John Lyttle on film

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The Independent Online
She was the last blonde. Sure, there have been blondes since: Hawn, Stone, Pfeiffer are bleach babies deluxe. But they aren't Marilyn Monroe.

That time, that glow, that sexual innocence can't be duplicated. Her successors can't be goddesses, unless it's an ironic nod to a glorious past. And they weren't built - and owned - by a studio; a sweet and sour slavery that could simultaneously propel a career into the heavens and yet forever damage the mere mortal made into a star.

Lucky - and unlucky - them. For Marilyn Monroe's heart belonged not to Daddy, but to 20th Century Fox, which is why she was both perfection and damaged goods. The real thing made product for the masses: not so much a trade-off as a contradiction, bound to tear the fragile apart.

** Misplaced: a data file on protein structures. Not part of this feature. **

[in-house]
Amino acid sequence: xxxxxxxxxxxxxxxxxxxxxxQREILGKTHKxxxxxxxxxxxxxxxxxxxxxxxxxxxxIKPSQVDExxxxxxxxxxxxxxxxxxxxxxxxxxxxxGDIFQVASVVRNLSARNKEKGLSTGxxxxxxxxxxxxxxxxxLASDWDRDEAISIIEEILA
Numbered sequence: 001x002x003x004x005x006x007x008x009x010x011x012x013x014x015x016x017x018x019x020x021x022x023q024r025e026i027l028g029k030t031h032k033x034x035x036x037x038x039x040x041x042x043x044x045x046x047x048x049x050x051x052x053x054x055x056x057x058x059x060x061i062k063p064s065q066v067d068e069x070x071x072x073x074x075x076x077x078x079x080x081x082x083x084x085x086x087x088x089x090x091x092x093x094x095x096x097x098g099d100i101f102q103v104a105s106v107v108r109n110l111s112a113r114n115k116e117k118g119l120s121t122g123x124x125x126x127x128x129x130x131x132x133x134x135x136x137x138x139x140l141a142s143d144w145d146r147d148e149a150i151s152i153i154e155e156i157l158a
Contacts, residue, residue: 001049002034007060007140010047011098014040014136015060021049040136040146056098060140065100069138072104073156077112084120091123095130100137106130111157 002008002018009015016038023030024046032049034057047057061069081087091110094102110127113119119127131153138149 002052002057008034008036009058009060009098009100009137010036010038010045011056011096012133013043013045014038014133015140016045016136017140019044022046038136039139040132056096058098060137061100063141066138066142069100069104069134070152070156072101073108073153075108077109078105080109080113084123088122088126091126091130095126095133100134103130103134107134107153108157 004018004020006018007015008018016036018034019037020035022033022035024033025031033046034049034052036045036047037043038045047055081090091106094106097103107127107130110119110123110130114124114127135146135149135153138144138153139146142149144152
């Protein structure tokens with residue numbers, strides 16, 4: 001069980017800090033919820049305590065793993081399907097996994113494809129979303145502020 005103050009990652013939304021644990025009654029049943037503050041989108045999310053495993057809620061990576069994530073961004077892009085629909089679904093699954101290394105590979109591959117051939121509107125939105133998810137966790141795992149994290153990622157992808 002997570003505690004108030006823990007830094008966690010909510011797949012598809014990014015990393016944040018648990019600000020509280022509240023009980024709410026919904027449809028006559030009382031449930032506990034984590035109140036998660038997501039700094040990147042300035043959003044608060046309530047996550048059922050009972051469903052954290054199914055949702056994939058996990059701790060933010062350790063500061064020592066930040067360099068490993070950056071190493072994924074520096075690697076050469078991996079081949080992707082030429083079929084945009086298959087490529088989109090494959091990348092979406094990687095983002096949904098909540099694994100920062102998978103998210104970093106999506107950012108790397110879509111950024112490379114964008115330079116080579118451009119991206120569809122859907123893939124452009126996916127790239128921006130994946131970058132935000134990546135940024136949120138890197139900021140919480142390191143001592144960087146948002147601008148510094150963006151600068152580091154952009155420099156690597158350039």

Which is why MM (right) isn't here to celebrate what would have been her 70th birthday, tomorrow. That's a crying shame - until you look at the work: The Seven Year Itch, The Prince and the Showgirl, Some Like it Hot... Then it's hard to dispel the unworthy thought that maybe the price, like the pain, was worth it.

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